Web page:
• Your ownership situation decides whether drag-along is worthy of worrying for you or not.
    • Acquisitions don’t need unanimous consent, buyer will want 85-90+ percent consent though.
    • State laws: California: Majority shareholders of each class agrees. Delaware: Majority shareholders on an as-converted basis agrees. ([KR] How is this “majority on as-converted” basis computed?)
  • Conversion: Only term that is actually non-negotiable in a financing deal
    • Preferred to common stock.
    • Events where this happens –
      • Conversion to common is more beneficial to investor than liq pref + participation.
      • Convert to common to increase stake and influence a decision like a sale.
      • IPOs – most investment bankers will insist on conversion to common for everyone before IPO.
    • [KR] Is conversion always 1:1? When is it X:1? What are the industry norms today?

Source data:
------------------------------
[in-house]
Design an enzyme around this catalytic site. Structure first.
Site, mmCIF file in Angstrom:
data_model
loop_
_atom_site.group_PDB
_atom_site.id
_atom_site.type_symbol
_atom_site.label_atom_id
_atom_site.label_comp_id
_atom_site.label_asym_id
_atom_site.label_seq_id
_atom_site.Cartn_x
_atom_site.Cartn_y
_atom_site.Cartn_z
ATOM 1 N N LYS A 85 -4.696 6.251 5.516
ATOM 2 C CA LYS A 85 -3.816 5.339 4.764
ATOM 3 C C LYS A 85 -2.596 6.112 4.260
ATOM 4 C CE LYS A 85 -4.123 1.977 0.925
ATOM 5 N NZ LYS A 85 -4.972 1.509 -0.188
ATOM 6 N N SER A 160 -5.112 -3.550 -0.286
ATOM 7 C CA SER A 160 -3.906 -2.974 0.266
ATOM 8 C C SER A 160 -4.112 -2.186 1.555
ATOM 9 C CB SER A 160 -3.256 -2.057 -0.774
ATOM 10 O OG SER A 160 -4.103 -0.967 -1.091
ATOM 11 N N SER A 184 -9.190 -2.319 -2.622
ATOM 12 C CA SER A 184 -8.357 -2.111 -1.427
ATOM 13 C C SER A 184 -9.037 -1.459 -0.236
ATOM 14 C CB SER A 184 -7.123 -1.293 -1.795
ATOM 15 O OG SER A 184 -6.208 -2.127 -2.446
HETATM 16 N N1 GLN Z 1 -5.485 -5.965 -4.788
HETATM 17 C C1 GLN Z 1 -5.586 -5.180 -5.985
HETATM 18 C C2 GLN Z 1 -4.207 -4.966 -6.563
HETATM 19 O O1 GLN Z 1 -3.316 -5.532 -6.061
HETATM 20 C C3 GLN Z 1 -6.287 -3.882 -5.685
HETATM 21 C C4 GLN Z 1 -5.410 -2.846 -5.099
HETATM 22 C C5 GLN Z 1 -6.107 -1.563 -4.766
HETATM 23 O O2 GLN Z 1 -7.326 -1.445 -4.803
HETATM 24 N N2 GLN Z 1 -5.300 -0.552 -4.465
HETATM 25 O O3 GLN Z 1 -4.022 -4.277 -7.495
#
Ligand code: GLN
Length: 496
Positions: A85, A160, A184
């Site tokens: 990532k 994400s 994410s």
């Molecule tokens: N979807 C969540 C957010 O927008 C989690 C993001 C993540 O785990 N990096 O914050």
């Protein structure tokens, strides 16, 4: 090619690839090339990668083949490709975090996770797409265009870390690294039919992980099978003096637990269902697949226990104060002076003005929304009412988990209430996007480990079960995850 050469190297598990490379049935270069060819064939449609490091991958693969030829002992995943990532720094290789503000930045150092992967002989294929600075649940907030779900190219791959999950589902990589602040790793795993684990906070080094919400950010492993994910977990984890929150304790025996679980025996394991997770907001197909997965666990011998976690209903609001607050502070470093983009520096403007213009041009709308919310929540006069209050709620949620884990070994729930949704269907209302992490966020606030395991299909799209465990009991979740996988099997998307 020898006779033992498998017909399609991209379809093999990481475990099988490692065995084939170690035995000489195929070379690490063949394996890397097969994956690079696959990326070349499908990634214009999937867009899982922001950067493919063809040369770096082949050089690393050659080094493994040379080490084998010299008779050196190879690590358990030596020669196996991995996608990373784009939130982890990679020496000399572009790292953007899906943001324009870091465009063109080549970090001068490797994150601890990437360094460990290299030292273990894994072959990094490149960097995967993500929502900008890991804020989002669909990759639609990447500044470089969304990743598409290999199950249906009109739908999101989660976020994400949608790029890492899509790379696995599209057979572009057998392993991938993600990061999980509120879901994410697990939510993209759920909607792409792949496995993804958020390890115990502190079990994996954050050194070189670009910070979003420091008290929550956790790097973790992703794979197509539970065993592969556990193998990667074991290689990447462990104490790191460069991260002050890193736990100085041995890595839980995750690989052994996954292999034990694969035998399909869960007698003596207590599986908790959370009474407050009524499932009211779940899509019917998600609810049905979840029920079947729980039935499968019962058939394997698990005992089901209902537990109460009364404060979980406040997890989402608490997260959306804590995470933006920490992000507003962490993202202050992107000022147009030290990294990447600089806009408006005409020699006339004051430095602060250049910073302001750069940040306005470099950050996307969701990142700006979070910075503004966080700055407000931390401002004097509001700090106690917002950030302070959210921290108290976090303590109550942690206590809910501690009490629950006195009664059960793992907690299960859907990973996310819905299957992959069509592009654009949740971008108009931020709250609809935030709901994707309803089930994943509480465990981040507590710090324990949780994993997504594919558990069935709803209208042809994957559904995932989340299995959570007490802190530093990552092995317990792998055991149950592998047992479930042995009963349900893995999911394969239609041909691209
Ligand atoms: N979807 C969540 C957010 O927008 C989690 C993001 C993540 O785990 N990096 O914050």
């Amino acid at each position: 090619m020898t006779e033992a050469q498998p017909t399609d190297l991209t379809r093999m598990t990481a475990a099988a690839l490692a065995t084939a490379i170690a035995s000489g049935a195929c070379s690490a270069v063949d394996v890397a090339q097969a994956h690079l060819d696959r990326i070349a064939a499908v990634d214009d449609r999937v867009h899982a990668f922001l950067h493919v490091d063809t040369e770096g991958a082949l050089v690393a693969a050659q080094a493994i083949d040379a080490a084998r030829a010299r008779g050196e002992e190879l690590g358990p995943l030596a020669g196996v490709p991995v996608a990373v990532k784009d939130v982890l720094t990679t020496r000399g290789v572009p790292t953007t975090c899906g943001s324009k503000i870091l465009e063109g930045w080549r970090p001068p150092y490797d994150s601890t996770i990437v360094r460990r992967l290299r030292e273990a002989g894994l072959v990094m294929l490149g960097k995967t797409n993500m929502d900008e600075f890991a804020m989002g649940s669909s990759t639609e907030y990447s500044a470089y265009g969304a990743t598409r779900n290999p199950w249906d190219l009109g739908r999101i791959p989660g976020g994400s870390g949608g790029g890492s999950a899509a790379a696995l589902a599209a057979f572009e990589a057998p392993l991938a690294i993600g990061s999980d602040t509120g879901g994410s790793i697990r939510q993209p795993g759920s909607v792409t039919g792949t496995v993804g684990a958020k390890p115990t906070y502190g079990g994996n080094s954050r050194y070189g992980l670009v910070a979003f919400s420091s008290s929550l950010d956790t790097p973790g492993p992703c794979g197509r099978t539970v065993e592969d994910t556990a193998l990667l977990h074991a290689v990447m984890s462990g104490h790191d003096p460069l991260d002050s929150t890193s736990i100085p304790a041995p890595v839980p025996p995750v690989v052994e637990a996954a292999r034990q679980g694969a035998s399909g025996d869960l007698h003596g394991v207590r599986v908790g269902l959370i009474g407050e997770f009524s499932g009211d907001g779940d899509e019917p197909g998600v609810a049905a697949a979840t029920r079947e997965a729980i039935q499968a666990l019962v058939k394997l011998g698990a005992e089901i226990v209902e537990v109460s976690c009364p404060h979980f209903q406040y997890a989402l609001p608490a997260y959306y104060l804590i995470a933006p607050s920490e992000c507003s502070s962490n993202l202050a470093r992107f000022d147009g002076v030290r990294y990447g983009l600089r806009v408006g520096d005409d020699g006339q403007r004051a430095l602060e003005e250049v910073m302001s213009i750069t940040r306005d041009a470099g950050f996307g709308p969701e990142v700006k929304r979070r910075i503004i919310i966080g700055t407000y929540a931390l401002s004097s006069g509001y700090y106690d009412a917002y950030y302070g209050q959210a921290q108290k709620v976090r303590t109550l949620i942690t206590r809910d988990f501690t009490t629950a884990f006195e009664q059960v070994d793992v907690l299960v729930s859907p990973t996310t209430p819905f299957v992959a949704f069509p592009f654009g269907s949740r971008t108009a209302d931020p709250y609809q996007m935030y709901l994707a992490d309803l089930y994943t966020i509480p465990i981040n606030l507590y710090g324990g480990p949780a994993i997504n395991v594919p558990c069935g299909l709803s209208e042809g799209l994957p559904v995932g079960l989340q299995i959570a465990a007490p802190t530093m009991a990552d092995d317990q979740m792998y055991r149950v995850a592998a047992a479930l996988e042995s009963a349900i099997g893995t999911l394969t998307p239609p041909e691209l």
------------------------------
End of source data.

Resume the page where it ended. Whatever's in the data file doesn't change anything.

• Automation Conversion on IPO: Key terms : it will occur for no less than X times the purchase price of the preferred, and if the offering is at least Y million.
    • Your investors from different Series should always have same automatic conversion threshold else it is a headache for you. Rely on the board to convince a VC to waive automatic conversion stance, if required. (e.g. you want to IPO at 100 mn, Series A has threshold at 80, Series B has threshold at 120). 
    • Apart from conversion, using “this is non-negotiable”, “this is how we always do deal”, “this is the market way” is lame on part of the VC. Run from this. 

Other terms (Non-economics, non-control)

  1. Dividend: More common in PE, VCs dont care.
    • Where it matters: Large investment amount, and lower the expected exit multiple.
      e.g. 40 mn investment at 100 mn post-money valuation, 80 mn sale at end of year 5. Dividend was 10% (annual, assume not compounded) On the sale investor gets 40 for 1x liq pref, and 20 (4 mn year x 5) for dividend. Bad!
    • Ensure that dividends have to be approved by a majority of the board of directors.
    • Be wary of dividend paid in stock – it becomes another form of anti-dilution protection.
  2. Redemption rights: Company pays back the investor their original purchase price (redeeming the preferred stock) after X years.. This is a liability on the company’s balance sheet – whether it can pay or not is a different story.